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For Venezuelans, a key obstacle for handwashing during pandemic - no running water

CARACAS (Reuters) - After going two months without running water at her home on the outskirts of Venezuela’s capital Caracas, Mara Loyo stores it whenever it becomes available, in pots, pans, and even tablespoons.

A child helps a man to fill plastic containers with water from an unknown source in the low-income neighbourhood of Petare amid the coronavirus disease (COVID-19) outbreak in Caracas, Venezuela June 3, 2020. Picture taken June 3, 2020. REUTERS/Manaure Quintero

Venezuelans have long suffered deteriorating public services amid a six-year economic collapse. Now, shortages of running water throughout the crisis-stricken South American country are worsening even as the spread of the coronavirus pandemic heightens the importance of hygiene.

Caracas residents like Aura Perez’s three children have taken to traveling daily to a nearby mountainside to fill large containers with water that falls naturally from the mountain to the street.

“I’m anxious about how we are going to cook, how we will wash the bathrooms, the plates, the pots,” said Perez, a 57-year-old retired secretary. “I am angry that there is no water, but I feel exhausted.”

Loyo, a 47-year-old dermatologist, and fellow residents in the Terrazas de Guaicoco neighborhood eventually pressured the government into delivering a water truck on May 26 by cutting off a motorway during a protest.

She knows this water offers just temporary relief, and that even when it’s there, it is of questionable quality.

“I’m aware that I am bathing in mud,” Loyo said.


After years of underinvestment and mismanagement under socialist President Nicolas Maduro, Venezuelans have grown accustomed to coping with frequent power blackouts, cooking-gas shortages, and even long lines for gasoline in this OPEC nation that boasts the world’s largest crude reserves.

Even as state television announcements emphasized the importance of handwashing to prevent the spread of the novel coronavirus, water shortages worsened in the capital region.

Protests over the scarcity of water, cooking gas, or electricity made up over half of Venezuela’s 716 demonstrations in April, according to the nonprofit Venezuelan Observatory of Social Conflict.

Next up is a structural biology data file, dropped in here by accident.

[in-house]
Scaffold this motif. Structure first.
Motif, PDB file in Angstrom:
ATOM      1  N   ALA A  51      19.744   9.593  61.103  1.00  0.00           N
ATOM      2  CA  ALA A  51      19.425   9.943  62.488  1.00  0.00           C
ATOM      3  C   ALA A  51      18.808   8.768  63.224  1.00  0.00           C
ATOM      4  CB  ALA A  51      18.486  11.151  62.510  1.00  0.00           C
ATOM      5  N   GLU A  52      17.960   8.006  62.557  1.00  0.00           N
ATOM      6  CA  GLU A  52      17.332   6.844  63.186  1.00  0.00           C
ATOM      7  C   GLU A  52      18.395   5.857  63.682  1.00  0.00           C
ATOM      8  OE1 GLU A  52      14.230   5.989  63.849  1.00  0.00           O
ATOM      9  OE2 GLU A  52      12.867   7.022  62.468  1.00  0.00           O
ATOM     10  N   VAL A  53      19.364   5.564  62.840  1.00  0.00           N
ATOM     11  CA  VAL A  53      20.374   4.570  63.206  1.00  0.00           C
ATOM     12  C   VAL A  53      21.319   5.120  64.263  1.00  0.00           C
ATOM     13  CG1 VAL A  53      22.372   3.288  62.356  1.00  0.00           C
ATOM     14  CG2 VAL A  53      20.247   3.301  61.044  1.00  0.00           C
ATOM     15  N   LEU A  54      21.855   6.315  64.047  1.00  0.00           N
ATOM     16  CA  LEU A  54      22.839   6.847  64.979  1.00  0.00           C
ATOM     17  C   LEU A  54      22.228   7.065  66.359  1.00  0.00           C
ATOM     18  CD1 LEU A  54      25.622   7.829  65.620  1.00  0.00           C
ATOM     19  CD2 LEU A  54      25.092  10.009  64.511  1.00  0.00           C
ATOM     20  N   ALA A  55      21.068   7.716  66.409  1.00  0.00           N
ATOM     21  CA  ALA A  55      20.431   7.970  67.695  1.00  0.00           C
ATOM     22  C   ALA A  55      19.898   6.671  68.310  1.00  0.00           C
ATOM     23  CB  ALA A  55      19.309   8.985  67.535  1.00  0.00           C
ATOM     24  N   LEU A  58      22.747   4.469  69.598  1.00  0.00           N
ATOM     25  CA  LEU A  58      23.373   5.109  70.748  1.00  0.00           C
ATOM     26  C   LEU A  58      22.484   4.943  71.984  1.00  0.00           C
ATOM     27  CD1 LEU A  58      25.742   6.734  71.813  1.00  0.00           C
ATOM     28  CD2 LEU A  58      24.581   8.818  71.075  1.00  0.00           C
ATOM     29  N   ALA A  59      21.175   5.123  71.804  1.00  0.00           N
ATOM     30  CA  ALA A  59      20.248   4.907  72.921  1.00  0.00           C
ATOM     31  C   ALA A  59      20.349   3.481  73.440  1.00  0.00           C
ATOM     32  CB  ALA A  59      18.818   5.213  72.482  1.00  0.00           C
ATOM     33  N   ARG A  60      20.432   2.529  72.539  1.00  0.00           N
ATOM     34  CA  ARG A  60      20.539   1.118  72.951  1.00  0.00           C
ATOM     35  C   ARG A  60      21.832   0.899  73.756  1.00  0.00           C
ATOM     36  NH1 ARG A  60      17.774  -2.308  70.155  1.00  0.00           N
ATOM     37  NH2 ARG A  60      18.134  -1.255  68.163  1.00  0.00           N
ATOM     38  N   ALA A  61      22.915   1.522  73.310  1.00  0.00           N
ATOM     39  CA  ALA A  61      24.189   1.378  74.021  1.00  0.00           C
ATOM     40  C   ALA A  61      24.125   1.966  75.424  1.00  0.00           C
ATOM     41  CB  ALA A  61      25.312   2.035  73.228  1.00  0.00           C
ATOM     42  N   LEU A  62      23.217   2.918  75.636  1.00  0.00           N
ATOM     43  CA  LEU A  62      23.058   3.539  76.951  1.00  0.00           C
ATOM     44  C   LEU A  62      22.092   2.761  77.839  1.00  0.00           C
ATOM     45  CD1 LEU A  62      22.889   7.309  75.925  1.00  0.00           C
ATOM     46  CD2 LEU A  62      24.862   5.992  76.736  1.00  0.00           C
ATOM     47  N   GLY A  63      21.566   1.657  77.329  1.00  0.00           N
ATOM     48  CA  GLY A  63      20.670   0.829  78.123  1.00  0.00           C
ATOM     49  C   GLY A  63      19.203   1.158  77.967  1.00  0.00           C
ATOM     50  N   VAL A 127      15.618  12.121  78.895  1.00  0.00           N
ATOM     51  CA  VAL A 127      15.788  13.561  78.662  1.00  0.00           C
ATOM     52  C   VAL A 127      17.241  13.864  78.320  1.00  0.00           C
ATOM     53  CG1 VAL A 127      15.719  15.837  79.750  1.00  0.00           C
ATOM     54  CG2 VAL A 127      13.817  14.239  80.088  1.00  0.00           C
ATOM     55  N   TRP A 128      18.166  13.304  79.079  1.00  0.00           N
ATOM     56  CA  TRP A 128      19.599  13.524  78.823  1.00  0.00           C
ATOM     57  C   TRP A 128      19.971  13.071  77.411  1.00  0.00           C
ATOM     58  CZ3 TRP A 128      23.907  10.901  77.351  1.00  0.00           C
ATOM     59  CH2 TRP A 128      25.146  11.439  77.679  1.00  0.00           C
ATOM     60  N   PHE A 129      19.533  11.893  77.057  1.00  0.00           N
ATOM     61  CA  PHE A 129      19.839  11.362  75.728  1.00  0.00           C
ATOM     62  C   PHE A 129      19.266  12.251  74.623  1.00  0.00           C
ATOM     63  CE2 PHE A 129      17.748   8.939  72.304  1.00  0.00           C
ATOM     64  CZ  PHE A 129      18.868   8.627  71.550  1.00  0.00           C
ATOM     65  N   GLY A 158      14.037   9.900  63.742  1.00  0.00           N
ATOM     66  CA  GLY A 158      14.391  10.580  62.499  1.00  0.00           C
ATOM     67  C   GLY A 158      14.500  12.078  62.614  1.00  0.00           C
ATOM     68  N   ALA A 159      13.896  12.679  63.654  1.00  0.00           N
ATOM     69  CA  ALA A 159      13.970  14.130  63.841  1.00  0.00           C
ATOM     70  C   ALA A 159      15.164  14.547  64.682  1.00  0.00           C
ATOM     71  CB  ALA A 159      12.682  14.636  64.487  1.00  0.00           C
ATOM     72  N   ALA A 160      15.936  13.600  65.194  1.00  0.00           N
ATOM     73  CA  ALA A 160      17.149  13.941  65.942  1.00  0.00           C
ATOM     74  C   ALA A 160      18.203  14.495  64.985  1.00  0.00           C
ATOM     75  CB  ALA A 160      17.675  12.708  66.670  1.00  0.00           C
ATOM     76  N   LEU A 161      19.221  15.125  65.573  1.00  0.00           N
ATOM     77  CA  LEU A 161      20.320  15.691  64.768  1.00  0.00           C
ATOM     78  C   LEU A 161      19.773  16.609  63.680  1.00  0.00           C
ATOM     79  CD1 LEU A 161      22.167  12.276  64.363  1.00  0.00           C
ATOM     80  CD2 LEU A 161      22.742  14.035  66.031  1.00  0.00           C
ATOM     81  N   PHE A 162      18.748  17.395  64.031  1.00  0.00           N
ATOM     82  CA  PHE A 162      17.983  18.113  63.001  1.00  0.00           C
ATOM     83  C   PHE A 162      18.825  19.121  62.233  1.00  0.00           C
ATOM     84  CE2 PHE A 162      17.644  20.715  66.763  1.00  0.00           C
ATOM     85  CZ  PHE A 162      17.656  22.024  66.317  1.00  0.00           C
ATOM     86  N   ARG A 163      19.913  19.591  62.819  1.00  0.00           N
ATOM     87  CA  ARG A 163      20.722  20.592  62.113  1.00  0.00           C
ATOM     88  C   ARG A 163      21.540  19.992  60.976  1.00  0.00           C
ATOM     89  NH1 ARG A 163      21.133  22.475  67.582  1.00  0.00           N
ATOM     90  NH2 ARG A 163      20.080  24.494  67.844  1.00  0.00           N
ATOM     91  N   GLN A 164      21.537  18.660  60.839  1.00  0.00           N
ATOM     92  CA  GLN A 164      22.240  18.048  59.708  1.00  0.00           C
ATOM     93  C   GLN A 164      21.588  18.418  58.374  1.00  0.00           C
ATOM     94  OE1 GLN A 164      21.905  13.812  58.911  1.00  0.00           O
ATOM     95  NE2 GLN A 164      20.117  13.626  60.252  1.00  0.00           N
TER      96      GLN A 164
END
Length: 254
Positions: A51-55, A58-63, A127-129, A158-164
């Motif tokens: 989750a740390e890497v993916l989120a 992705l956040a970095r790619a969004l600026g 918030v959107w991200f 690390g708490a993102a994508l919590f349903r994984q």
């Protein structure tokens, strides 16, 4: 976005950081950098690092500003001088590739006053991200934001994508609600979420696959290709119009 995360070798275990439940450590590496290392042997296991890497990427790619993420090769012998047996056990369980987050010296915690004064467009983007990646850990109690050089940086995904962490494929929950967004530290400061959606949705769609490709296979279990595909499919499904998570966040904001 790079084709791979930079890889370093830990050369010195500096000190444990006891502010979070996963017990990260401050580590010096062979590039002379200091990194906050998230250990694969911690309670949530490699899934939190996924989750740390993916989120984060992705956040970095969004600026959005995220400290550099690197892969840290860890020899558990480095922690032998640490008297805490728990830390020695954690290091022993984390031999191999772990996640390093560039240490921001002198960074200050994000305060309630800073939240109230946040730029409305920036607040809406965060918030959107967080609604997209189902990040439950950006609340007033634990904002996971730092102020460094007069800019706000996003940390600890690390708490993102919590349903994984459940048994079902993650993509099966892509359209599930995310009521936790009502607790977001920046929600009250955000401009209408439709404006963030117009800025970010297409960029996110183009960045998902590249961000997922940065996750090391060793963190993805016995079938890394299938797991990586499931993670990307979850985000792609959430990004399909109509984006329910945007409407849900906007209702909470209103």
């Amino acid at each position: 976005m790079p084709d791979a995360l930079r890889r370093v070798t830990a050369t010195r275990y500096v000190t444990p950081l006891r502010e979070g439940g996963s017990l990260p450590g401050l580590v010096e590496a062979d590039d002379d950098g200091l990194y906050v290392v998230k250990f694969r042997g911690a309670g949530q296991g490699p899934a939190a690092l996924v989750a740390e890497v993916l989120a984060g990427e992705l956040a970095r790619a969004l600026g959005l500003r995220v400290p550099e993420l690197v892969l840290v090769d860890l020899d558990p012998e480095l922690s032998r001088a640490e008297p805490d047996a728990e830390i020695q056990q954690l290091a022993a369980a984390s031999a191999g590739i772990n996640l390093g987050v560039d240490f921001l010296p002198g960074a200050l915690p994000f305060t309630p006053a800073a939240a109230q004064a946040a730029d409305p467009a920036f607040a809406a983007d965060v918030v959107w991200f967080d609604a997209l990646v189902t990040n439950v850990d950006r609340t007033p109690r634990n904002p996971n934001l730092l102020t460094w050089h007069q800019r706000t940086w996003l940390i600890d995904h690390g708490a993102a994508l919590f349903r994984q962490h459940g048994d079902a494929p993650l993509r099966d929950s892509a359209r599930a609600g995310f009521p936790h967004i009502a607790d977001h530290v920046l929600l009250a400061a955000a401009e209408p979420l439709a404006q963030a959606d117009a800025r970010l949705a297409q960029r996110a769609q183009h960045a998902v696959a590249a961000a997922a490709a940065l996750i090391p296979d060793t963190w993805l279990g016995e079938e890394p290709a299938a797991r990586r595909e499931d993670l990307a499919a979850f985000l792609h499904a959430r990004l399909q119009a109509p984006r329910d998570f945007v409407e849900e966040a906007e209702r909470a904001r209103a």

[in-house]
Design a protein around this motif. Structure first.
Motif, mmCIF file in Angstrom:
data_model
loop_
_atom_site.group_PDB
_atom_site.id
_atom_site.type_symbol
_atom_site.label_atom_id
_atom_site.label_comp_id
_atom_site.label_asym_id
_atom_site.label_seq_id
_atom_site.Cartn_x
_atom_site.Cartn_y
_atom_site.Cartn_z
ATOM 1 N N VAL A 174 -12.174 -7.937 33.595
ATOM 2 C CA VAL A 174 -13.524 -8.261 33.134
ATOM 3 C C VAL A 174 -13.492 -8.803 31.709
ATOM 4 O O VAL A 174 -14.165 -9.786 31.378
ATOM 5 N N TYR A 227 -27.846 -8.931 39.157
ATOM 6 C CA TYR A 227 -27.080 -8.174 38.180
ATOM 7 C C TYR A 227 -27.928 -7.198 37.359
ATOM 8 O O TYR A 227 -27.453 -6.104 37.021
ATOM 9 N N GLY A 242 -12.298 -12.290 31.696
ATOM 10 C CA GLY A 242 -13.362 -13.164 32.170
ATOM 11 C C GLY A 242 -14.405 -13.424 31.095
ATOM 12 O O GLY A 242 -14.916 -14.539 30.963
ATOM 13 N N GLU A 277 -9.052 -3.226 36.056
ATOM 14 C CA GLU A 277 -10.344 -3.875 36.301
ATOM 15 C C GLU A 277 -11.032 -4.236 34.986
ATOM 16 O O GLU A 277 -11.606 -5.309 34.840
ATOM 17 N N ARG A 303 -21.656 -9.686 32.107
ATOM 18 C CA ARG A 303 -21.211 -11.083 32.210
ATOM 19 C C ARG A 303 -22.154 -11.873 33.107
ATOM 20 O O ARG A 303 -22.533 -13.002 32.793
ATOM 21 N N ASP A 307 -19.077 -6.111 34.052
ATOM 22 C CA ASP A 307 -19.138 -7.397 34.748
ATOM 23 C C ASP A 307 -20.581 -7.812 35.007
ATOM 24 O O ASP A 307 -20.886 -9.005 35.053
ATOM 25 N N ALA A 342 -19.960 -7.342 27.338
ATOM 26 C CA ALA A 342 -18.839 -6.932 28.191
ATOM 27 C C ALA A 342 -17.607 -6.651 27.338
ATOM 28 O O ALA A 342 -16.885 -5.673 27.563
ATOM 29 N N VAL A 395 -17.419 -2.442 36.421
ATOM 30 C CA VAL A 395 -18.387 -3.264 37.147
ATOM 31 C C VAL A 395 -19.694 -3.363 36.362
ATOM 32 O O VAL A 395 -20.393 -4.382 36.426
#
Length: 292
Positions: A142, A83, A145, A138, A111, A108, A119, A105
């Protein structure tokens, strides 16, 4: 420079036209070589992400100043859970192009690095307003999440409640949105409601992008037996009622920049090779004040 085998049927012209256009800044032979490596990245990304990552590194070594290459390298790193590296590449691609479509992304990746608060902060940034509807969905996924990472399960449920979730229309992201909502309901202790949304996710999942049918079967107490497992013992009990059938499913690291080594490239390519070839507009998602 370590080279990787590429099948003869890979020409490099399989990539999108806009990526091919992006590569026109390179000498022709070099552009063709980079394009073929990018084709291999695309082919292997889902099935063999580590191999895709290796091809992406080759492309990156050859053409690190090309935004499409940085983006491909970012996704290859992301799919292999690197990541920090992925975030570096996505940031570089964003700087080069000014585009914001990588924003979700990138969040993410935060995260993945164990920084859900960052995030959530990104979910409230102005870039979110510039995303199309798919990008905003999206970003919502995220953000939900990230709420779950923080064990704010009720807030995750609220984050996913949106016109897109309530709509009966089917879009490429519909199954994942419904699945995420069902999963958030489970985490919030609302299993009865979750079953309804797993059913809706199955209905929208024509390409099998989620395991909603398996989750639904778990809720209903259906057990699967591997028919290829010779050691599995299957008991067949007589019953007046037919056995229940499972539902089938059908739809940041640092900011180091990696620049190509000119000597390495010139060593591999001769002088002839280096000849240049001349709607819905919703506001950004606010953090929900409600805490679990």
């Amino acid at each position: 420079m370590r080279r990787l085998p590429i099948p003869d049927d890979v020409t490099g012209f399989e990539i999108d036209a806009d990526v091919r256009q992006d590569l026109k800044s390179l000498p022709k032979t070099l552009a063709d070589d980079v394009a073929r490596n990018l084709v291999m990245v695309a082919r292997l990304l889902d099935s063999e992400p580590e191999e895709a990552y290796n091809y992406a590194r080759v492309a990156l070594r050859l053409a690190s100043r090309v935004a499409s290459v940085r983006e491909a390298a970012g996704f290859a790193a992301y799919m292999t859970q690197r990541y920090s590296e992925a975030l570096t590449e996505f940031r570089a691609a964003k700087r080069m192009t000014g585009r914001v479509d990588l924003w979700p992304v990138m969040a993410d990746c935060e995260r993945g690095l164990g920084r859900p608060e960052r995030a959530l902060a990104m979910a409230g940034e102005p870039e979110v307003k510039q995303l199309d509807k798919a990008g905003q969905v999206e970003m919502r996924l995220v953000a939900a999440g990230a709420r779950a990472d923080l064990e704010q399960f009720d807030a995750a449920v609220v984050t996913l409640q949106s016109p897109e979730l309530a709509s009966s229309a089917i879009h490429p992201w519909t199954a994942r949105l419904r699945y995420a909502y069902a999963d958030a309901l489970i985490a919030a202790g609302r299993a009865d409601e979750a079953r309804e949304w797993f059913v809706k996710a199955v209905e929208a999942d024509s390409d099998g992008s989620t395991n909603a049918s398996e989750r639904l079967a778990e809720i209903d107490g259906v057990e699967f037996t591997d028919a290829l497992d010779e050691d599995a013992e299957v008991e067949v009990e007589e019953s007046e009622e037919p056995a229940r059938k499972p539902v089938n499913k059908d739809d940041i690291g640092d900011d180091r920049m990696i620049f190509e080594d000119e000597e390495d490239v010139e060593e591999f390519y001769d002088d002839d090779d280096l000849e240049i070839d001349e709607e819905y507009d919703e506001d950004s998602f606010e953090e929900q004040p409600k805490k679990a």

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A recent study by the opposition-held National Assembly found that 73% of Venezuelans receive an irregular supply of water and 19.6% did not receive any running water in the past seven days.

Just 7.3% said they receive clean water continuously.

Maduro’s government has blamed the recent shortages on an alleged act of sabotage at a reservoir that feeds Caracas. To address the problem, the government in mid-May imported some 1,000 water trucks with the capacity of some 30,000 liters each from China.

Norberto Bausson, a former vice-president of the state-run company Hidrocapital responsible for supplying Caracas with water, called water trucks a “prehistoric service” that could provide nowhere near the quality of a functioning pipe-based supply network.

“These are not serious solutions,” Bausson said.

He said recent rains after a dry start to 2020 were unlikely to help because the root of the problem was in leaky tubes and malfunctioning pumps due to lack of maintenance and replacement parts.

Venezuela’s information ministry did not respond to a request for comment.


Venezuela - which has relatively few foreign visitors - has not been hit as hard as other Latin American countries like Brazil and Ecuador as the pandemic has spread across the region. It has reported 1,952 cases and 20 deaths so far from COVID-19, the disease caused by the new coronavirus.

But doctors and activists have raised concerns about the ability of its crumbling healthcare system to cope with any outbreak.

A survey of 16 health centers in Caracas conducted by Mauro Zambrano, an opposition-linked health care union leader, found that eight lacked water. The figure was published in a late May joint report by Human Rights Watch and the John Hopkins University’s Centers for Public Health and Human Rights and for Humanitarian Health.

Bausson, who is a member of a committee of policy advisers to the opposition, said it would take $600 million in investments to achieve a stable water supply within two years.

With the collapse in its exports of crude oil, the main source of government revenue, the state lacks funds for such investments.

Reporting by Vivian Sequera and Johnny Carvajal in Caracas; Writing by Luc Cohen; Editing by Bernadette Baum